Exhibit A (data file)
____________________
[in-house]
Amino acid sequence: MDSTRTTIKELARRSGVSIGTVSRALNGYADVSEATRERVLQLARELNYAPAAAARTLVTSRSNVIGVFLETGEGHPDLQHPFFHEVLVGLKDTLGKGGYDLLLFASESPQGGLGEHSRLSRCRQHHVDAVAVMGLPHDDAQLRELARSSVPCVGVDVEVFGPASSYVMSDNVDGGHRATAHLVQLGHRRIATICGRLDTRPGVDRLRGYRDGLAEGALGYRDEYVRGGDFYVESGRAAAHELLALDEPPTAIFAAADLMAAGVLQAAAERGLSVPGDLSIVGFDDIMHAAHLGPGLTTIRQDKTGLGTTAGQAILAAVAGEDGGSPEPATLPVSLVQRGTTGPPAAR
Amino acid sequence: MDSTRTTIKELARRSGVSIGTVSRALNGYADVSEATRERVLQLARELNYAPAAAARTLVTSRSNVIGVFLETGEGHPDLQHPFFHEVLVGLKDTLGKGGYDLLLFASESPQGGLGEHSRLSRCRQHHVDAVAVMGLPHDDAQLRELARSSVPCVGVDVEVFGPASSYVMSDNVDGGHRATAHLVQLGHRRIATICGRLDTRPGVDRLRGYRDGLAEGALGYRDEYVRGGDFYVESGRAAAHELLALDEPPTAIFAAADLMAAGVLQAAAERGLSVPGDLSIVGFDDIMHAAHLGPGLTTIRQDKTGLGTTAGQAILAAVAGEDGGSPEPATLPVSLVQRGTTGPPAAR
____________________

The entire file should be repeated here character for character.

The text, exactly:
[in-house]
Amino acid sequence: MDSTRTTIKELARRSGVSIGTVSRALNGYADVSEATRERVLQLARELNYAPAAAARTLVTSRSNVIGVFLETGEGHPDLQHPFFHEVLVGLKDTLGKGGYDLLLFASESPQGGLGEHSRLSRCRQHHVDAVAVMGLPHDDAQLRELARSSVPCVGVDVEVFGPASSYVMSDNVDGGHRATAHLVQLGHRRIATICGRLDTRPGVDRLRGYRDGLAEGALGYRDEYVRGGDFYVESGRAAAHELLALDEPPTAIFAAADLMAAGVLQAAAERGLSVPGDLSIVGFDDIMHAAHLGPGLTTIRQDKTGLGTTAGQAILAAVAGEDGGSPEPATLPVSLVQRGTTGPPAAR
Amino acid sequence: MDSTRTTIKELARRSGVSIGTVSRALNGYADVSEATRERVLQLARELNYAPAAAARTLVTSRSNVIGVFLETGEGHPDLQHPFFHEVLVGLKDTLGKGGYDLLLFASESPQGGLGEHSRLSRCRQHHVDAVAVMGLPHDDAQLRELARSSVPCVGVDVEVFGPASSYVMSDNVDGGHRATAHLVQLGHRRIATICGRLDTRPGVDRLRGYRDGLAEGALGYRDEYVRGGDFYVESGRAAAHELLALDEPPTAIFAAADLMAAGVLQAAAERGLSVPGDLSIVGFDDIMHAAHLGPGLTTIRQDKTGLGTTAGQAILAAVAGEDGGSPEPATLPVSLVQRGTTGPPAAR